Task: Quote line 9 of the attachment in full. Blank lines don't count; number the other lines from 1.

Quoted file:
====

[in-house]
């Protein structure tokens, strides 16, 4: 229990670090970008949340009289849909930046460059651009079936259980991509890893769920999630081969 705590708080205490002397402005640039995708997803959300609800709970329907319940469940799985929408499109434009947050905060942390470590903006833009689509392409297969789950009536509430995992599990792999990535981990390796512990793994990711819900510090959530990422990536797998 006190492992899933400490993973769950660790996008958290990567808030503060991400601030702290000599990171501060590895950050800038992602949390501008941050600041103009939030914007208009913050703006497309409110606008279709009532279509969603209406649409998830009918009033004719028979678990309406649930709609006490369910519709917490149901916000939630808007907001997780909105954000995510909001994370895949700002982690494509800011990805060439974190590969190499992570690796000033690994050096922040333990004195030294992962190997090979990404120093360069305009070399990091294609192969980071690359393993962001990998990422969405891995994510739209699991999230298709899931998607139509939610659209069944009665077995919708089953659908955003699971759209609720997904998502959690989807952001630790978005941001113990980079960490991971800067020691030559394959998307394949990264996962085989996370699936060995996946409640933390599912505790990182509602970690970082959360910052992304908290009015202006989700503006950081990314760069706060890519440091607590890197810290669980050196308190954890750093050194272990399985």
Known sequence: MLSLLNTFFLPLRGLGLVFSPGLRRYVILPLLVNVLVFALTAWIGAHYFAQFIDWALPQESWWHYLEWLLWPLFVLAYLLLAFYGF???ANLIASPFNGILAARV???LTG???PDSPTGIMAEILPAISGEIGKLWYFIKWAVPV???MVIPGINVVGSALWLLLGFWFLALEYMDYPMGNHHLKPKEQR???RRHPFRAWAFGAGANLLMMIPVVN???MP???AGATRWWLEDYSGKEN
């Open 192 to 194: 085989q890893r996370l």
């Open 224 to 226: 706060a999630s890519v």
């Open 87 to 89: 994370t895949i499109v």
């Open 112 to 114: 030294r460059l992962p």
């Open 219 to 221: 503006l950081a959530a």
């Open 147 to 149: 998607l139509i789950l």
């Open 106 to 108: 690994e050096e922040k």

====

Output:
């Open 147 to 149: 998607l139509i789950l």